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A cycle a day

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For most people being taken off the road for a traffic offence can be a real pain. Shopping is a problem, getting to and from work needs adjusting in fact for those who are used to having a bike or a car life suddenly gets more complicated.

But when Rupert Steede was disqualified from driving for three months in 1986 the ban turned out to have a silver lining.

Mr Steede, now 81 years old, got on a push bike and has never looked back. Although he has been retired for a number of years now, Mr Steede can be seen every morning on his bike usually cycling to St George's from his North Shore home.

“I cycle rain, blow or shine,” he said.

“Getting taken off the road was the best thing that ever happened to me,” he added.

Before cycling he didn't do any exercise and also did not eat properly.

“In 1986 I got caught speeding and they fined me and banned me from driving for three months. At the time I was staying near Richardson's Restaurant (on North Shore). The day after I got banned from driving I went to Wilson's (cycle shop) and bought this bicycle and decided to ride to work.”

At the time the distance from his home to work in Hamilton was very short. “Two weeks later I decided to ride down to my sister's house at Radnor Road (near Shelly Bay). I remember I got to a hill and had to walk up it (with the bike). When I got to my sister's I remember that I could hardly breath. I was also smoking cigarettes at the time about half a pack a day.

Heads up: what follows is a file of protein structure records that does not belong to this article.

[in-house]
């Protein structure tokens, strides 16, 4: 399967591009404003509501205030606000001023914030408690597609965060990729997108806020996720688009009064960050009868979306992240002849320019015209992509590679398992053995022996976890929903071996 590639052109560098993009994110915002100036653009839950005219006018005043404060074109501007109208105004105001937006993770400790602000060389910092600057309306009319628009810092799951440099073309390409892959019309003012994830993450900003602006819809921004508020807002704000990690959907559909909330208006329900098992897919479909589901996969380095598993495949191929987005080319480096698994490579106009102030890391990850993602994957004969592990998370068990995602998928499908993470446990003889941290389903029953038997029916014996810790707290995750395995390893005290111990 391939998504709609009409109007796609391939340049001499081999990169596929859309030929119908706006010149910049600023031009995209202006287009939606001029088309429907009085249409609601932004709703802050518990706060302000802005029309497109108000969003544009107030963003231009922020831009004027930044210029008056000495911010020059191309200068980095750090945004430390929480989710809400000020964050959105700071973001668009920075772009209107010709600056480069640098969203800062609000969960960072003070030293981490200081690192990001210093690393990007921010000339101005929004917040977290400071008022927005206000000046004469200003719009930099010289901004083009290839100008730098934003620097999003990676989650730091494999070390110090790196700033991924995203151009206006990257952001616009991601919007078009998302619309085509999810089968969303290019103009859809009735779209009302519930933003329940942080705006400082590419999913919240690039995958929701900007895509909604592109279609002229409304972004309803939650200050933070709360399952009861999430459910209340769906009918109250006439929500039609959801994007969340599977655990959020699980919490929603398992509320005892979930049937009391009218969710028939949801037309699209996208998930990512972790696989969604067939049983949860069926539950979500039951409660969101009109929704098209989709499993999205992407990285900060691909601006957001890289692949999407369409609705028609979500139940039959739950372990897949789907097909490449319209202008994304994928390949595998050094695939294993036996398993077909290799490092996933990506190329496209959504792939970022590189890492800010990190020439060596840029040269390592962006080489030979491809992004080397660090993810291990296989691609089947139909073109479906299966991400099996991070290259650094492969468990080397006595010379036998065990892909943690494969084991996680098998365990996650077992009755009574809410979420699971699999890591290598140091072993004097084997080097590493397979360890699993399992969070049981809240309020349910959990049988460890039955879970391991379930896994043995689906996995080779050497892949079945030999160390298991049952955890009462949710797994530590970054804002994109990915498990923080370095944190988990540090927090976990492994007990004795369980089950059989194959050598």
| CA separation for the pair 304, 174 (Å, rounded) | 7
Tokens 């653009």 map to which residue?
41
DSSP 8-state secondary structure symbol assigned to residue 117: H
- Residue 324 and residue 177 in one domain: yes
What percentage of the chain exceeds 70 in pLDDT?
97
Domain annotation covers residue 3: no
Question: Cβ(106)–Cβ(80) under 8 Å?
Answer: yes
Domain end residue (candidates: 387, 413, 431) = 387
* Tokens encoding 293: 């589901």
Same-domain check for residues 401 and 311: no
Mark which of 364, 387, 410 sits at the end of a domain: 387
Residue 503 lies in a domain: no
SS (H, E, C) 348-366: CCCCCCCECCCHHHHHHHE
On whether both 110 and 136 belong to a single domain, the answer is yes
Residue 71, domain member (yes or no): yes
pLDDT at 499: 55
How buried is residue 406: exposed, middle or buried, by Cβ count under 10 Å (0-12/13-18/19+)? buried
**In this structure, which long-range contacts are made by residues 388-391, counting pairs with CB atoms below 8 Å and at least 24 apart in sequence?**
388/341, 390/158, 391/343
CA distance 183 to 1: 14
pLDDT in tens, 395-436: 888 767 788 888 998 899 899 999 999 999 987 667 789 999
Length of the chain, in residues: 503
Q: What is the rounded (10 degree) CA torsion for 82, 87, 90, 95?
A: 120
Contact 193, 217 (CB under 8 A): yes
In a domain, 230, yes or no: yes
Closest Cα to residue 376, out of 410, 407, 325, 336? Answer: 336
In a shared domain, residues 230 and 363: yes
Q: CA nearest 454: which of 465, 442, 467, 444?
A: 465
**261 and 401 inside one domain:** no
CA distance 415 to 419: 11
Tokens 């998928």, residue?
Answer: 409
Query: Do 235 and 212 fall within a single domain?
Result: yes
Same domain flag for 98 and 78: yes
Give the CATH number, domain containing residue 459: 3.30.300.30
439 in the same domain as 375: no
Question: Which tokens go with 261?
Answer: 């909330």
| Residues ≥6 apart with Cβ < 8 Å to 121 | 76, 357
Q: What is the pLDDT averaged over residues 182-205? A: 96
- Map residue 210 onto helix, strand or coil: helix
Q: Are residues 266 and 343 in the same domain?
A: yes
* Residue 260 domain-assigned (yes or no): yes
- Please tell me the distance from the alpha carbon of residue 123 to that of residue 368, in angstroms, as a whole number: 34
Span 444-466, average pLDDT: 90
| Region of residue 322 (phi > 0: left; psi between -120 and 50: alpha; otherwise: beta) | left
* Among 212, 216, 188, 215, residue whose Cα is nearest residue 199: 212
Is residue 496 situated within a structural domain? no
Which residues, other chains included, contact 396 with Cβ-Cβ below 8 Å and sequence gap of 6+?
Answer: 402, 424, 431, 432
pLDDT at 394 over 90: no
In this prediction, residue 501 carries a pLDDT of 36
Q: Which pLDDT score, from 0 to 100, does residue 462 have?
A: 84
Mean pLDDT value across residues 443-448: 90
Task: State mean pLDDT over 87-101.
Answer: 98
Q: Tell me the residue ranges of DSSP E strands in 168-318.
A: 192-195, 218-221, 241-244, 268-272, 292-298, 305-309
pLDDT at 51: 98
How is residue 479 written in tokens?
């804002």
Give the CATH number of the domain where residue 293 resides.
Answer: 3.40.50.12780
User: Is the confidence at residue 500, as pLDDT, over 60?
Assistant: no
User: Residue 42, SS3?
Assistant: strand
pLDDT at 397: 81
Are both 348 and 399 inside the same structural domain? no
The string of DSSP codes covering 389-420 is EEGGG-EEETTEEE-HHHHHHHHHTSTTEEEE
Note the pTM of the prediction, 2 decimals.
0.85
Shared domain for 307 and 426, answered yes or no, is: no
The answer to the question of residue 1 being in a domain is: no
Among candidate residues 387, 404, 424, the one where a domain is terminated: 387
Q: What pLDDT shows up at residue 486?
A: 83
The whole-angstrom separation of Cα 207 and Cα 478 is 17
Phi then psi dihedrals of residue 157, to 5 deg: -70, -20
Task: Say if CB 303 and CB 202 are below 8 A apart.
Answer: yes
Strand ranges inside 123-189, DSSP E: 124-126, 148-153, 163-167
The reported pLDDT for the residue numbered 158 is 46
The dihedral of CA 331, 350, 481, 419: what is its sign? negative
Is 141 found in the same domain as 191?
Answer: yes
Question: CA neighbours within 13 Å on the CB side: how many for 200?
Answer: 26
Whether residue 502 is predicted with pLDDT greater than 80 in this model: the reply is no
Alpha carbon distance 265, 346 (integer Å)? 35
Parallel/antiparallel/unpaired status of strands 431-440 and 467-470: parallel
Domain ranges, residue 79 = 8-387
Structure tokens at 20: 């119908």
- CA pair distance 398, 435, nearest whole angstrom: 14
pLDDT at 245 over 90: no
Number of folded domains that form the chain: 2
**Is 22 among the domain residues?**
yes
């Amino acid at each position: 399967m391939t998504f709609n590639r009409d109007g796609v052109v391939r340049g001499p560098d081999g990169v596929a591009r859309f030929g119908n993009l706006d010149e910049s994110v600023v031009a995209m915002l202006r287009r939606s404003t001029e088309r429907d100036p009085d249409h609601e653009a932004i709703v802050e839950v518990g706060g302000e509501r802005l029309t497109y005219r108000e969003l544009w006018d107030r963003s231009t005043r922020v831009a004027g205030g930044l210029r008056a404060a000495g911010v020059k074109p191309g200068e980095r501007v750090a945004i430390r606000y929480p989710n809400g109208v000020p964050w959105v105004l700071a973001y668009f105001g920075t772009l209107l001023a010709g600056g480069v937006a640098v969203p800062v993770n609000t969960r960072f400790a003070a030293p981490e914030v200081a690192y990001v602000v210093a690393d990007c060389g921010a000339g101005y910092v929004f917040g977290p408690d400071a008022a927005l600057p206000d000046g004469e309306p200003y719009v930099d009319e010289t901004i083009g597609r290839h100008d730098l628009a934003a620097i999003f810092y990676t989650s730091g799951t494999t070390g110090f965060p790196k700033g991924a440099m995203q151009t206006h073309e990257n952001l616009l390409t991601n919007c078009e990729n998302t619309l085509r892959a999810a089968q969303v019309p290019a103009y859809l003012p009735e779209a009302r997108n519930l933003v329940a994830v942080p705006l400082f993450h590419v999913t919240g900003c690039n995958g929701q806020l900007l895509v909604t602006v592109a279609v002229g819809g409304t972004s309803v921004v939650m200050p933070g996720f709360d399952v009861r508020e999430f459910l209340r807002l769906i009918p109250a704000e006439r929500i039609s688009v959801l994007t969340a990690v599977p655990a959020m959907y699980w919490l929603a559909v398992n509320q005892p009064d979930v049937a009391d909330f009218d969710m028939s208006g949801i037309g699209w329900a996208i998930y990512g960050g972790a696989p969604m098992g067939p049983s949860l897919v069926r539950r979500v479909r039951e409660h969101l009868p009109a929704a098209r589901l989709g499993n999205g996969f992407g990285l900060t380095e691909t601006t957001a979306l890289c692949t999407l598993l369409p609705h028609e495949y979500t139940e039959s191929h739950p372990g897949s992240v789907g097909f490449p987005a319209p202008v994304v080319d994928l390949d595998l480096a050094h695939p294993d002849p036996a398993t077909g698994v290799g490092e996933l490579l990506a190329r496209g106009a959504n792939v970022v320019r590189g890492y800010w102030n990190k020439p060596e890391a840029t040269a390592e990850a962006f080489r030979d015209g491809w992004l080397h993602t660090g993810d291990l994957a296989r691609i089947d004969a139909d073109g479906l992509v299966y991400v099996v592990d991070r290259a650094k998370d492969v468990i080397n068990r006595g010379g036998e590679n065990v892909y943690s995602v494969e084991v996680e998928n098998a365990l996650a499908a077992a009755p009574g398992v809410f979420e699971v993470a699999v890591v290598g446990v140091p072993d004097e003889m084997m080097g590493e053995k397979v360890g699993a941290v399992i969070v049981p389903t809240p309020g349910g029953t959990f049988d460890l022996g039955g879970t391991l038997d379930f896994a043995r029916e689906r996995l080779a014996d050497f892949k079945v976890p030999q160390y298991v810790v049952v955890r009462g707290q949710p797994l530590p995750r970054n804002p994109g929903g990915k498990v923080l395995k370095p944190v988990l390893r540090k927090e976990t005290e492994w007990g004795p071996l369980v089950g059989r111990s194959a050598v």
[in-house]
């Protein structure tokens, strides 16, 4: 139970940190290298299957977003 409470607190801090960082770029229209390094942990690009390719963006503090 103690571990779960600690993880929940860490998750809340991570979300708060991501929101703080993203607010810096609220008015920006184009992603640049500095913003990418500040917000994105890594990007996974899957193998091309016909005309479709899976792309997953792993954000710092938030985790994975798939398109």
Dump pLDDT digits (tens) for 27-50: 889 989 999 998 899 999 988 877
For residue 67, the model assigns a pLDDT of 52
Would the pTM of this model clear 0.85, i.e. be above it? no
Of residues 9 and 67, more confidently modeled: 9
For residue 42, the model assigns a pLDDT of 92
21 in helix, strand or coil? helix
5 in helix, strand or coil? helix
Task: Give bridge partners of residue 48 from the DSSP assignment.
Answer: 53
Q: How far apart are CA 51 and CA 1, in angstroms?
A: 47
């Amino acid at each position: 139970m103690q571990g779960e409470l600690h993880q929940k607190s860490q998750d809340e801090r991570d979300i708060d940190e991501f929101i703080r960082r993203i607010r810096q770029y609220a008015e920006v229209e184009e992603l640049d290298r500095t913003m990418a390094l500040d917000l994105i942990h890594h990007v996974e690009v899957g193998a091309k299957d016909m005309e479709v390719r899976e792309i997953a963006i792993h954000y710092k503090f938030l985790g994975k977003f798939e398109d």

“I slowly rode back to my house from my sister's and then after that I started riding a little bit further every day. Then I started riding more and more.”

He retired in 1995 but continued to work until 1999. “When I retired I got a bike as a present. I was 56 years old when I started riding and now I feel great. Before I started cycling I had done no exercise whatsoever.

“I now stay at Radnor Road and most days I cycle to Town Cut (in St George's) and then over and into St David's and then to Harrington Sound and cycle around there before heading home. I suppose I do between 20 and 25 miles every day. And then when I get home I do sit ups things like that. When I get off my bike I feel I have so much energy. That is something I cannot understand.”

Mr Steede starts his ride every morning between 8.30 and 9.00. “Going to St George's is better since all the traffic is going the other way and then when I turn around all the traffic is gone. It is nice and peaceful and riding around Harrington Sound is very pretty.”

When the weather is too bad especially the wind Mr Steede will often head to Hamilton. “In the winter when it is really windy the Causeway can be very tough. But I don't care about the rain or anything. I ride rain, blow or shine. Some people have said that I shouldn't ride in the rain but when you are riding you don't feel it.”

He now has two bikes which he alternates. “They are mountain road bikes old school.”

He also eats better than he did in his younger years. “I don't eat before I go out in the morning but have fruit and bran flakes later. I also eat a lot more fish and some chicken. My diet is better now. I like lettuce, tomato and cucumber sandwiches as well.”

He added: “A lot of people see me riding in the morning and they all admire me old and young alike. A lot of the young guys say to me 'I want to be just like you when I get old!' There is no doubt about it going off the road was the best thing that ever happened to me.”

Rupert Steede cycles along Kindley Field Road in St George's.
Rupert Steede cycles every day - rain or shine.

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Published February 23, 2012 at 10:00 am (Updated February 23, 2012 at 10:59 am)

A cycle a day

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